Managing Your A Players: The ABCs of Safety Leadership

a-teamIn our last Recordable INSIGHTS we talked about the importance of differentiating your employees in terms of their willingness and ability to “get on board” with your safety leadership culture.  It’s tempting for a new or untrained supervisor or manager to blur these distinctions and manage everyone in just the same way.  In fact, I’ve often heard managers brag about the fact that they treat all their employees the same, as though that somehow demonstrates their fairness.  Instead, the opposite is true;  it’s patently unfair to treat low-performing C players the same way you would treat high-performing A players. 

Remember, you’re not going to have a lot of A players.  In fact, in most organizations A players make up less than 20% of your entire workforce.  Recall that your A players are those who are both fully engaged and high performers.  They are natural change agents and innovators with an entrepreneurial spirit.  And because of that they naturally assume both ownership and leadership of your safety culture.

So how should you manage them? First if all, get them on board and get out of their way! They’ll lead the culture for you if you let them. They are self-motivated and don’t require much supervision.

If possible, as much as it depends on you, disproportionately recognize them, compensate them, and reward them.  Companies that recognize the value and contribution of their A players tend to make them central to the organization.  It should be no different for A players who are leading a safety-leadership culture.  So, publicly praise them and position them as your champions.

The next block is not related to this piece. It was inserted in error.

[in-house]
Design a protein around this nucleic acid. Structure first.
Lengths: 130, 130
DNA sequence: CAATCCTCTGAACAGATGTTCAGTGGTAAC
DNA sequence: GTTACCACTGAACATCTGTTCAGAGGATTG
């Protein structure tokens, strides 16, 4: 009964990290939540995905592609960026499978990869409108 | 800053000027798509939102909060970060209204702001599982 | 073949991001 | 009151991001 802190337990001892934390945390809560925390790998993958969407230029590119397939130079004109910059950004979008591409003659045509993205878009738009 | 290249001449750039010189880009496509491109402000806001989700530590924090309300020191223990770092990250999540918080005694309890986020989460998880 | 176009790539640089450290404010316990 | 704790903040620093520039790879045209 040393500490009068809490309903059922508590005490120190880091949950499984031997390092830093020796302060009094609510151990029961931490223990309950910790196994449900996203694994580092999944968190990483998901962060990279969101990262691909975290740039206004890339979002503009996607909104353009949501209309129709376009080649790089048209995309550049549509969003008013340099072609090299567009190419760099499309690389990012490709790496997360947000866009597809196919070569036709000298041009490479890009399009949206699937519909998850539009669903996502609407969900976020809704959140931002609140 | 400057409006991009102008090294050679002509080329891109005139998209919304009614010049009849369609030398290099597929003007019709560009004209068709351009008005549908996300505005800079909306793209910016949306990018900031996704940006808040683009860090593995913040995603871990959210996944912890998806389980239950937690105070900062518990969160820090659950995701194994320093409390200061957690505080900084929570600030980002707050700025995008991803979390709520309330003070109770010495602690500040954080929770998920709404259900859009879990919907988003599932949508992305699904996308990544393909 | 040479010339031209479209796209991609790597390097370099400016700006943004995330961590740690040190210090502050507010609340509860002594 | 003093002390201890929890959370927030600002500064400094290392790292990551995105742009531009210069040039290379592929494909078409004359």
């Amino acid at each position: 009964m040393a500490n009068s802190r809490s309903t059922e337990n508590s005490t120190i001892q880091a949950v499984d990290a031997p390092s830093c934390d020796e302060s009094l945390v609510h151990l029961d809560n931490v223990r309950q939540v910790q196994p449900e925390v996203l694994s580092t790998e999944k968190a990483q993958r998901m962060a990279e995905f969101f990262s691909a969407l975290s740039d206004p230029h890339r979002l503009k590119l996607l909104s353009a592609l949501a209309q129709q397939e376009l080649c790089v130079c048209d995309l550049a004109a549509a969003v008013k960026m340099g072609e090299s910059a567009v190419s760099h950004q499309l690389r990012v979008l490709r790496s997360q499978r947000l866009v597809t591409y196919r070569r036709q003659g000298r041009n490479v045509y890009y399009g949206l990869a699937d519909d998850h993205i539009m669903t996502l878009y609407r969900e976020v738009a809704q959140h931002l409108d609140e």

And if you have any influence at all in this, be sure they are rewarded well for their contributions, especially in terms of spot bonuses and annual merit increases.  High performance companies have learned that it is well worth the investment to give their A players raises and bonus that are disproportionately higher than everyone else’s–in some cases up to three times the amount of their strongest B players.

Finally, invest in ways to identify and develop them into even better leaders.  This could be through feeder jobs that act as a pool for identifying A players; and “pass-through” jobs (or job rotations) that are intended to develop the needed competencies for leading a safety culture.  Do these things and you’ll be well on your way to maintaining a high-performance safety culture.

That’s all the time we have for this edition of Recordable INSIGHTS.  Until next time, be sure all your safety initiatives are built-in, not bolted on.

~ES

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Eric Svendsen

Eric Svendsen, Ph.D., is Principal and lead change agent for safetyBUILT-IN, a safety-leadership learning and development organization. He has over 20 years experience in creating and executing outcomes-based leadership development and culture change initiatives aligned to organizational goals, and he personally led the safety-culture initiatives of a number of client organizations that resulted in “best ever safety performance” years for those companies.

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Comments

  1. Theophilus Chijioke Ewoh says:

    Treating both categories of your workers alike in most cases is not the best. Therefore in my view it is important to publicly praise your key staff. Do no scold them publicly. Empower them to wield more power as to discipline your defaulting stafff. Motivate them with bonus, insentives, salary increament etc

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